There is a lot to unpack here. So lets go through each
Are bikes with aggressive positions required to achieve high fitness levels when training on a bike?
There isn't a single answer because there are a lot of confounding factors
- Every bike has a fairly wide fit window now due to the wide array of components available. A bike with a more upright position can easily be made more aggressive by things such as negative rise stems
- What is "aggressive" differs greatly by each person. For example, a person with long legs and a short torso will find that a "regular" road bike geometry will fit more aggressively as the longer inseam effectively shortens the stack.
- If the position is too aggressive for your flexibility, body proportions or effort, it can impede gaining fitness due to discomfort and effects on biomechanics
Ideally to gain fitness the bike needs to be comfortable and put you in a position for good biomechanics. The bike fit required to get there can differ for each person.
Why do aggressive positions exist?
I believe there are two guiding principles, one is aerodynamics, which is more important for racing against other riders, than general fitness. The other is biomechanics, which is important for fitness. As you become more fit you will find you can sustain higher power outputs. Under sustained higher outputs you will find that you will naturally want to lower your body trunk so you can use gravity to resist each pedal stroke rather than just core musculature. If you take a very upright position and try to pedal as hard as you can you will find you have to hold tightly onto the bars to resist the pedal strokes. You will also find you may start to round your back which can affect how you pedal. None of these matter on a short-term basis. However, if you want to sustain a higher power output this can be less efficient as you need to recruit more of your muscle tissues (in this case more core) to resist the pedal strokes, which can be come unsustainable over longer duration of high output.
From Myth 5: An Upright Position is Always More Comfortable:
What is important is that our positions match our power outputs. A cyclist’s upper body acts as a counterweight to the forces of pedaling. The harder we pedal, the more inclined our upper bodies should be.
That is why racing bikes have low handlebars and stretched-out positions, while on cyclotouring bikes, the bars are higher, and the riders sit more upright. The extreme are some European city bikes where the riders sit bolt-upright. On those bikes, the riders’ power output is limited, and you won’t often see them in hilly towns…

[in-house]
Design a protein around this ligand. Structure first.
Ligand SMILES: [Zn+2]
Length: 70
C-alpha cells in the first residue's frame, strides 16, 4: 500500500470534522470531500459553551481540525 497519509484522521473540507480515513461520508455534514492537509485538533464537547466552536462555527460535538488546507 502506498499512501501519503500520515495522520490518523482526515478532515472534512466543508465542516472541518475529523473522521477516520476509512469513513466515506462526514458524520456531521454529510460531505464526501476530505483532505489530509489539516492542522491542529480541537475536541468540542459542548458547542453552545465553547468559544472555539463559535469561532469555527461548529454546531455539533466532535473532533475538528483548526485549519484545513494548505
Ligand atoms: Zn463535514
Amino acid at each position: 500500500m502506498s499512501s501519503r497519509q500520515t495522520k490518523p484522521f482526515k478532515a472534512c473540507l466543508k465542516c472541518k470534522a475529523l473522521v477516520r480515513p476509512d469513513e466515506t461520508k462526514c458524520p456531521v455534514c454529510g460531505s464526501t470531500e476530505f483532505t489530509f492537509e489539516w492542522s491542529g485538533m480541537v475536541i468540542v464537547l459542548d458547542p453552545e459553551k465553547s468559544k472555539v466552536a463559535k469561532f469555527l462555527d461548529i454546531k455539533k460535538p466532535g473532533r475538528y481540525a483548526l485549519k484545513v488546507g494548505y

The more aggressive position allows you to cheat by using gravity to resist your pedal strokes, meaning you are using less effort to pedal and can focus more of your concentration on effective pedal strokes. This also requires good flexibility at the hips and in the thoracic region of the back, which may not always be there or may need to be worked on. Also if you looking at pro racers, their low stretched out positions are on a much more extreme side than what I am envisioning.
That all said, an aggressive position also requires constant high power output to be sustainable. If you do not ride at a high power output (e.g., you are still working on fitness) then a more aggressive position may be inappropriate. When the position is appropriate for the effort you will find that your hands become unweighted, and you have a light touch on the handle bars. If you are too aggressive for your power output you will find that you place too much weight on your hands, and you may also be straining your back as you are likely not supporting your trunk weight from your hip and core, like you do when you have a light touch.
What is the best approach
The best approach is probably first to focus on just riding what ever you have, there is probably a big fit window you can explore with your existing bike. As you gain fitness try a slightly more aggressive, stretched out positions, see how that works for you, does it make it easier or harder to ride at a higher effort level. Once you run out of fit options, then start looking at a replacement bike. By this point you will have a much better idea of the type of fit you are looking for and therefore whether or not a particular bike will be suitable.